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Red Apron Reflection

April 23rd, 2020

When I was younger, I requested an apron for one of my birthdays. Why? Simply put, I wanted to be like my mom. What little girl doesn’t? Split between wanting to be like Cinderella and my mom, deciding what I wanted to be when I grew up was the hardest decision four-year-old me faced. While the apron I received was used to help my mom in the kitchen, it meant much more to me than that. It meant holding a role that over centuries has been celebrated as the most important role; the hardest role; the most underappreciated role; the role that requires patience and energy, but most of all, love.

Prior to attending Divine Savior Holy Angels High School (DSHA), I did not have much exposure to service. I had some requirements from my middle school’s chapter of National Junior Honor Society; however, it was minimal. I hoped Freshman Service Day would spark some inspiration, but it didn’t speak to me as I had hoped. I completed just enough service hours that year to fulfill the DSHA graduation requirement. Sophomore year brought similar feelings with added fear, as the service requirement jumped from five hours to 16. Towards the end of that school year, a friend of mine told me about her service at the Ronald McDonald House in Milwaukee. I decided to look into it, and that night I filled out my application to become a Hospitality Volunteer. Hospitality Volunteers interact with families and work behind-the-scenes to assist with any family needs that might pop up, as well as complete daily tasks to keep the House running, such as laundry or restocking general use pantries.

When I first started my service at the House, I was a little upset that I didn’t have as much interaction with the guests as I would have liked. Folding laundry and wiping down tables was not what I envisioned while volunteering at a place dedicated to serving families. Within the first three-hour shift, I realized I was very wrong for not one, but two reasons. Service is not about us and how we feel after. That warm and fuzzy feeling is just collateral. Service is not about what we get, but what we give. More so, if we give our all, we will get all out of it.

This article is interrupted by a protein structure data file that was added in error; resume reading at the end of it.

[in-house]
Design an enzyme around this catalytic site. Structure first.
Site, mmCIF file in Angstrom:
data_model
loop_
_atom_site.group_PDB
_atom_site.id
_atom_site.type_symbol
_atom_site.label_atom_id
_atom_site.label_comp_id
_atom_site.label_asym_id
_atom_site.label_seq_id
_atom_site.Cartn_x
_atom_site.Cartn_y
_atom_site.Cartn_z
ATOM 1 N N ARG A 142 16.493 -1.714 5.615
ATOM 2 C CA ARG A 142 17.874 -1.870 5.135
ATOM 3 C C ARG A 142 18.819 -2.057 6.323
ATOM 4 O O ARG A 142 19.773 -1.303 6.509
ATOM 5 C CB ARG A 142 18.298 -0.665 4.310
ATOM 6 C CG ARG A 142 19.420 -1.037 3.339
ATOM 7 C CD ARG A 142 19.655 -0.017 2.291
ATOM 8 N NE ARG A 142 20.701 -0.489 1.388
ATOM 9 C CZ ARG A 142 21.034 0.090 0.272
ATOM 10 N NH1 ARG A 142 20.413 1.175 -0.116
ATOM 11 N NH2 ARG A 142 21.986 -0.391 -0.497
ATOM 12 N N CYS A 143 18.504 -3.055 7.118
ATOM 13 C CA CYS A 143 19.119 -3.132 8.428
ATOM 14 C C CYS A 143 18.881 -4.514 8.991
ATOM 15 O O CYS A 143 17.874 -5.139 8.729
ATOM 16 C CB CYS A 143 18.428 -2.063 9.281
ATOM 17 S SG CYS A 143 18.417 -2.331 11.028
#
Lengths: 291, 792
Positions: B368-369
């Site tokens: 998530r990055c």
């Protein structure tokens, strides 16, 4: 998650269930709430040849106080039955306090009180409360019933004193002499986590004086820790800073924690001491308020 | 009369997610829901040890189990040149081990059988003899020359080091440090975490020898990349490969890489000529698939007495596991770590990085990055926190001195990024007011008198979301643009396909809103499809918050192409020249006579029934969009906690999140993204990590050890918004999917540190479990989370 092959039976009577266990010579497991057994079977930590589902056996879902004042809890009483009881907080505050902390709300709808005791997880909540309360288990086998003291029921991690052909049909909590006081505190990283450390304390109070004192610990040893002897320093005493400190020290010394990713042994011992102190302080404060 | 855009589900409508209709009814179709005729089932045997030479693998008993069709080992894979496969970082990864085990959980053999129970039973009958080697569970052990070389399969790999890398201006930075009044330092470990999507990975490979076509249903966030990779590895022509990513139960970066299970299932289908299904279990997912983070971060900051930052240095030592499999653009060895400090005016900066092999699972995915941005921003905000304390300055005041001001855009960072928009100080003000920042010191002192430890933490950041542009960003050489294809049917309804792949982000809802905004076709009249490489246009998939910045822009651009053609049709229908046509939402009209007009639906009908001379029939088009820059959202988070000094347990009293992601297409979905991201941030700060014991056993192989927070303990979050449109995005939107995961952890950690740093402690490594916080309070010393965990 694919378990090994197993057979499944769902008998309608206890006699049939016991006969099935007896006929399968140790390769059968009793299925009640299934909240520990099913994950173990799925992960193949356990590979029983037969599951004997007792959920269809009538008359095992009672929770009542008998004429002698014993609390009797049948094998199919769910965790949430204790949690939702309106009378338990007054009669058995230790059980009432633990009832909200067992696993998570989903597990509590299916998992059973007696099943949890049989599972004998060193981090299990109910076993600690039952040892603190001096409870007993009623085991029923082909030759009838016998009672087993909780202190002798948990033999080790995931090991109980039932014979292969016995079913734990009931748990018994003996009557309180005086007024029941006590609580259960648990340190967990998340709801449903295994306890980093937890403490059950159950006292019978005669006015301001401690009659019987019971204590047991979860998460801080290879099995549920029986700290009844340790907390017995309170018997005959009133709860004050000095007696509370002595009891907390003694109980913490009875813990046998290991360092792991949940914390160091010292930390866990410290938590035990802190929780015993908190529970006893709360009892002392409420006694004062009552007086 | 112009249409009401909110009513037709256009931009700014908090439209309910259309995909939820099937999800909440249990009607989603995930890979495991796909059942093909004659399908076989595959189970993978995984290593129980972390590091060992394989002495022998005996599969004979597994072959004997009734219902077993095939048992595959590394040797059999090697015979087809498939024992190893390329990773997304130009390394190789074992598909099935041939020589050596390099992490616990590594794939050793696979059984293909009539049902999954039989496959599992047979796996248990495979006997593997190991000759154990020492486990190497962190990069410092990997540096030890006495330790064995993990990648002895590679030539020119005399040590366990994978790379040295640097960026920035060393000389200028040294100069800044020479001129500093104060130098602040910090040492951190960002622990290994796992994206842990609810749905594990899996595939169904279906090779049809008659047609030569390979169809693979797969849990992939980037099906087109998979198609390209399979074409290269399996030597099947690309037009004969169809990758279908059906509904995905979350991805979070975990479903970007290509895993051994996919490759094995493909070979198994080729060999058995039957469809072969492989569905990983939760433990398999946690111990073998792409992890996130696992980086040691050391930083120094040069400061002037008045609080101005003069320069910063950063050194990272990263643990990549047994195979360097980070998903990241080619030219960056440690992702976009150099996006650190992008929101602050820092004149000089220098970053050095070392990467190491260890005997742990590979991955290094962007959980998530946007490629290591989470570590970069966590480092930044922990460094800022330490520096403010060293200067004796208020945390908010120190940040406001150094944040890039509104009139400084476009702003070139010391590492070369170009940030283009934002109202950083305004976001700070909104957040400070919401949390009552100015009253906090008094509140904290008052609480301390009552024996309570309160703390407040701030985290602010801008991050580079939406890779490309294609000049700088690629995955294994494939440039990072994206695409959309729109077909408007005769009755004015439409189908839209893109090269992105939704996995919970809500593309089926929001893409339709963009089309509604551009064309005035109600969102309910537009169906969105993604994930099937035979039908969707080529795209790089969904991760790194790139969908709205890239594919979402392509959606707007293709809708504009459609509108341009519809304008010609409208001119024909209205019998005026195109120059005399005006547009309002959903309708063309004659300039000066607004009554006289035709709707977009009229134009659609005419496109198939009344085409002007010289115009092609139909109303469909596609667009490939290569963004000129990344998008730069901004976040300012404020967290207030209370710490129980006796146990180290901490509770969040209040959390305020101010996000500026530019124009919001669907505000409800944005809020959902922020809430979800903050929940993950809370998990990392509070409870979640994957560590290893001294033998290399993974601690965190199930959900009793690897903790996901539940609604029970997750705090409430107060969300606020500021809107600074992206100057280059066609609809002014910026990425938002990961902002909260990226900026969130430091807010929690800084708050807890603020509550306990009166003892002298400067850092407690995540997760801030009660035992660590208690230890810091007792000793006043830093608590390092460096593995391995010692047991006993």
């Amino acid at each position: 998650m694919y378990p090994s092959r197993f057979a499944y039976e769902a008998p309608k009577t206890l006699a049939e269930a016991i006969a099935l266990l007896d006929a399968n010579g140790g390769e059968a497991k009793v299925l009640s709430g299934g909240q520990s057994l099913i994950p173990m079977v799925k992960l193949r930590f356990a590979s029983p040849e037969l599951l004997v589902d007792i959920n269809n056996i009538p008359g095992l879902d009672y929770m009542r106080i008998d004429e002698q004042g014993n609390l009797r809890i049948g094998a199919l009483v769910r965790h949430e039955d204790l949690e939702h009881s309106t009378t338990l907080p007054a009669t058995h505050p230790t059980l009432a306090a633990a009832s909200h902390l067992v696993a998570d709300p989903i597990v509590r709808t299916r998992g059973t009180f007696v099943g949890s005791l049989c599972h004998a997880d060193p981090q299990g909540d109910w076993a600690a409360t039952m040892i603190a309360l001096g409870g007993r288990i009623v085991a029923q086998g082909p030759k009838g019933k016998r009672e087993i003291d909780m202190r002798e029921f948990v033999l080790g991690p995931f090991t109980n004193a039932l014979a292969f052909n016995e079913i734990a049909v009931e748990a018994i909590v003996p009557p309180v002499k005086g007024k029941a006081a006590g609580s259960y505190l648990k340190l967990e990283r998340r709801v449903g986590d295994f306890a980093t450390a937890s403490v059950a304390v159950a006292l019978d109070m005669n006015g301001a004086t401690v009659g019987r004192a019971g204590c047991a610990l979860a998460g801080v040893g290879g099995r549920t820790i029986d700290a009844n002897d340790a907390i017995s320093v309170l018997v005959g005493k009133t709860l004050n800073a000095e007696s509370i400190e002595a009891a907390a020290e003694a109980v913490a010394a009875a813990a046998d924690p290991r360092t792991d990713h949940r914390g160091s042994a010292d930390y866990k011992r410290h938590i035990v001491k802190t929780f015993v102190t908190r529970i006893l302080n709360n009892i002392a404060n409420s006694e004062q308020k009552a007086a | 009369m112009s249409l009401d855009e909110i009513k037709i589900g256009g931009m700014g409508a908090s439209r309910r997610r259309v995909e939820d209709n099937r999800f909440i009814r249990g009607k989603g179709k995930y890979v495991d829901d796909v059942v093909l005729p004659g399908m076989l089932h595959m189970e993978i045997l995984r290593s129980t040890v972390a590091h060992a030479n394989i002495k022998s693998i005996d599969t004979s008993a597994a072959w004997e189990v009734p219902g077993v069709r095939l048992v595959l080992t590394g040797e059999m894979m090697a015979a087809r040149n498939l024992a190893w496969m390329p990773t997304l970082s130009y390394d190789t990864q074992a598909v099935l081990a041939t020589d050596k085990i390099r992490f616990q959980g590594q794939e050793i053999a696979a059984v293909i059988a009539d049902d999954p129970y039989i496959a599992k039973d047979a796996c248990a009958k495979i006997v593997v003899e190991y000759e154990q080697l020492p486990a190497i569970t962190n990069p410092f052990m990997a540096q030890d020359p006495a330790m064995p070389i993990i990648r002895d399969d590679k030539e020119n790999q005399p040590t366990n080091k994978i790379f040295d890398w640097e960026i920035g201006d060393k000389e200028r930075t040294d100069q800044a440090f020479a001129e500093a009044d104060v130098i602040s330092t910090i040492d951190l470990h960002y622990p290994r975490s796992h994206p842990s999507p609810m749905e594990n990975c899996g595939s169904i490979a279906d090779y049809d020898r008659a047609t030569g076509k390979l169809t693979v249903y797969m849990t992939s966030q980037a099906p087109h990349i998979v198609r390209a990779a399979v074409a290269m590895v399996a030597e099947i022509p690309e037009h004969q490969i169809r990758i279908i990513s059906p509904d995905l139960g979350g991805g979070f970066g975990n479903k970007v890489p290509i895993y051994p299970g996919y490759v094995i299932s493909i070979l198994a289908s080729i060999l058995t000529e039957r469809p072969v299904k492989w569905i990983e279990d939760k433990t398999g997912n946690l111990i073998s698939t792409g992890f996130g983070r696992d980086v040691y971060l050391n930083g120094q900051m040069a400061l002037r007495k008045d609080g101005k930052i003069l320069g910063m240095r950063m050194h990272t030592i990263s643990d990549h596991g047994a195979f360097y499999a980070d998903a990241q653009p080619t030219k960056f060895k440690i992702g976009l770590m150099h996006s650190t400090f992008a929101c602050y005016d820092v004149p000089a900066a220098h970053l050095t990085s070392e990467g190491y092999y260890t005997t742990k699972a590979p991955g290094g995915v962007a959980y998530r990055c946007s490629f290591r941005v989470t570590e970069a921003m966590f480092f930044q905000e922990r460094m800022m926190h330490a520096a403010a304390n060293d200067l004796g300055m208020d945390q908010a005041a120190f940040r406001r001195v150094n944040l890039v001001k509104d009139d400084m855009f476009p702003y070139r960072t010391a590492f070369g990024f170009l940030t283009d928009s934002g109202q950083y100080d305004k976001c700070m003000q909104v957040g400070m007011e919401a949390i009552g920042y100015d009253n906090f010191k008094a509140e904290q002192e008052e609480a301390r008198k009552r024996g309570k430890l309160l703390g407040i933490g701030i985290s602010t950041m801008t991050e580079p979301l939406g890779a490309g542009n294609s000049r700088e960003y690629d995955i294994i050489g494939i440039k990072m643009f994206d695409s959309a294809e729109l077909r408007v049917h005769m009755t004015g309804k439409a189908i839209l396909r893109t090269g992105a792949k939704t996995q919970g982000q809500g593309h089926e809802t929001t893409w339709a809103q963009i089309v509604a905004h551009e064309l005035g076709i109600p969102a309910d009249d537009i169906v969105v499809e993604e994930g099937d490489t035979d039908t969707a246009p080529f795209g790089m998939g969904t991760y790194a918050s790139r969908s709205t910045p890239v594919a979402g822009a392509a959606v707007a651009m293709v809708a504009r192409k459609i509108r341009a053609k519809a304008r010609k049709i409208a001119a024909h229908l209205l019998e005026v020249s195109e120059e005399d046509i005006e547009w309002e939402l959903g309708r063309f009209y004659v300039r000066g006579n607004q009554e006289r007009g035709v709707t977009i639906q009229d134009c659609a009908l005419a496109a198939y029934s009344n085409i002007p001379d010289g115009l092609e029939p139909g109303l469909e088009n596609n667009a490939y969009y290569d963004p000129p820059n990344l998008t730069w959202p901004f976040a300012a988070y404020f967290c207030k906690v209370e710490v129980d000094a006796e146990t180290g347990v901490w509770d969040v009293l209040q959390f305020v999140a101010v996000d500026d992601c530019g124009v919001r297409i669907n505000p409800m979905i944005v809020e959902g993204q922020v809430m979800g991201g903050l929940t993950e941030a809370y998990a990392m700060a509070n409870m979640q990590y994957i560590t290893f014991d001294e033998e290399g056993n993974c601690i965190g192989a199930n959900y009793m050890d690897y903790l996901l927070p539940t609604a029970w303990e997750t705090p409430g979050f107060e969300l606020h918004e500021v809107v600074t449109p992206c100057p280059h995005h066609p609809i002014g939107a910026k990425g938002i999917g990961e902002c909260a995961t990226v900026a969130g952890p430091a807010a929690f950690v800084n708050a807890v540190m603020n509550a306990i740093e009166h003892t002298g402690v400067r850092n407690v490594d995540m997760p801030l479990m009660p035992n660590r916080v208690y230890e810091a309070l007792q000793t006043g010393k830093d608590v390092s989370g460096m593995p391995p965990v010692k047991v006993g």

I was blessed with little moments, like when I was cleaning up the LEGO area in the Great Room and a little girl wearing a blue Elsa dress ran up and asked if she could help me. We finished sorting the small pieces by color and high-fived. Another time I was unloading a dishwasher and a mother walked past me to check if her casserole had finished cooking. It hadn’t, but we shared a smile while I moved onto my next task. Before I left, I pulled out two oven mitts and left them next to the oven. I watched from the other kitchen as the mother checked once again to see if her dinner was ready, and the smile on her face showed that my small effort had brought light to her corner of the world.

Ronald McDonald House Charities Eastern Wisconsin has changed my life, and it is a place I will hold in my heart forever. I have learned from children which types of dinosaurs can fly and which ones cannot; I have learned how to give all that I am and all that I have, expecting nothing in return. As a second semester junior fully immersed in preparing for college, I have new criteria a school must meet for me to be interested: where is the nearest Ronald McDonald House, and to what capacity could I be involved there?

The shirt that many volunteers proudly wear while working their shift has a saying on them, “The House that Love Built.” While I am always wearing my DSHA uniform when I serve, I am honored when I put my red apron over it, sharing in the love of the House and all that goes in to keeping families together.

 

-Olivia Beaudoin, Teen Hospitality Volunteer


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